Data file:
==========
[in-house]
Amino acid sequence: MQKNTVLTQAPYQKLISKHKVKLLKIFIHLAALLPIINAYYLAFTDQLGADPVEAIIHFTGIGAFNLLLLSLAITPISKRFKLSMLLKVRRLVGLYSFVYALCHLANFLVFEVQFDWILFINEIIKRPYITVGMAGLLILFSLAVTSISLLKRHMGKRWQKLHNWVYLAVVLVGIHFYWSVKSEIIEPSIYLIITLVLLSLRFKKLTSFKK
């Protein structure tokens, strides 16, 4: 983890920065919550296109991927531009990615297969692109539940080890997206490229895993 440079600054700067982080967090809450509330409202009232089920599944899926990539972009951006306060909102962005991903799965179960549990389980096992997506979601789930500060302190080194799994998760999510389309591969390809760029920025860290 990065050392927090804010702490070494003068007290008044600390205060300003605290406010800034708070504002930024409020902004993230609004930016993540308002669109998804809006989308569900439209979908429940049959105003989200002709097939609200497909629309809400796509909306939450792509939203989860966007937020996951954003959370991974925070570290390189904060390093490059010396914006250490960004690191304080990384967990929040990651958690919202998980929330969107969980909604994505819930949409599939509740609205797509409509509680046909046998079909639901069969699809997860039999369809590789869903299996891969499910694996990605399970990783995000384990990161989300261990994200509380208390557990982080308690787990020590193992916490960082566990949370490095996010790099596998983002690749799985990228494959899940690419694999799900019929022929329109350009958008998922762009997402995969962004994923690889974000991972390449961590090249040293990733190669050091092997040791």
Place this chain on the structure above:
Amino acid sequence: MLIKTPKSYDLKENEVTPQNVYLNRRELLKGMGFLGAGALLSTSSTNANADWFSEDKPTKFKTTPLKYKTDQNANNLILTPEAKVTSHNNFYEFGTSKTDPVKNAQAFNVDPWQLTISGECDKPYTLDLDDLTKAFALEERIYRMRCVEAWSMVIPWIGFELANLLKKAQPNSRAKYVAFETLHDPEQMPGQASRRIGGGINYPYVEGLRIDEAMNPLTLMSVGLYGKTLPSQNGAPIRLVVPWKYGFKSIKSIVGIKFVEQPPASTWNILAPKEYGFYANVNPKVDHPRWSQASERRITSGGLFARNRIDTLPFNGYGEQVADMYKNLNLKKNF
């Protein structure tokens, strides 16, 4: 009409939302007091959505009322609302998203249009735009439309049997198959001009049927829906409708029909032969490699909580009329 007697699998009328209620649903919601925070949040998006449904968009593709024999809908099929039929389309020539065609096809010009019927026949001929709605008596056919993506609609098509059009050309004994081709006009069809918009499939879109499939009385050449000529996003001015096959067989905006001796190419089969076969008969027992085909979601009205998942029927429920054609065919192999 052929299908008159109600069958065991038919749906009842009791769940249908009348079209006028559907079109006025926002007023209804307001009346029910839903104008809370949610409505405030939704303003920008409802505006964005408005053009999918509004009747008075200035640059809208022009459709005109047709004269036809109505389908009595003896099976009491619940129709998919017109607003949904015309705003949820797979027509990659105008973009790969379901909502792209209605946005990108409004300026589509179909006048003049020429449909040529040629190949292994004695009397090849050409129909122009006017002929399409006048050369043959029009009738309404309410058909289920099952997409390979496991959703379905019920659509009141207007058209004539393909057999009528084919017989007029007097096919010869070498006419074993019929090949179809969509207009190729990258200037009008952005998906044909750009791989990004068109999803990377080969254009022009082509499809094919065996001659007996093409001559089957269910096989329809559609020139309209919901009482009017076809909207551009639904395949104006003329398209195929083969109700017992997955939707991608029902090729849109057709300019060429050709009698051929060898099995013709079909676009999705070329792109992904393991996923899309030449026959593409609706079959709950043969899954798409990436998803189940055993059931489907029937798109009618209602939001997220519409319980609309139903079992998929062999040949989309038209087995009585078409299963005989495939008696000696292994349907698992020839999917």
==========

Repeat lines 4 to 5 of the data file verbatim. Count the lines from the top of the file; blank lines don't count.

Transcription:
Place this chain on the structure above:
Amino acid sequence: MLIKTPKSYDLKENEVTPQNVYLNRRELLKGMGFLGAGALLSTSSTNANADWFSEDKPTKFKTTPLKYKTDQNANNLILTPEAKVTSHNNFYEFGTSKTDPVKNAQAFNVDPWQLTISGECDKPYTLDLDDLTKAFALEERIYRMRCVEAWSMVIPWIGFELANLLKKAQPNSRAKYVAFETLHDPEQMPGQASRRIGGGINYPYVEGLRIDEAMNPLTLMSVGLYGKTLPSQNGAPIRLVVPWKYGFKSIKSIVGIKFVEQPPASTWNILAPKEYGFYANVNPKVDHPRWSQASERRITSGGLFARNRIDTLPFNGYGEQVADMYKNLNLKKNF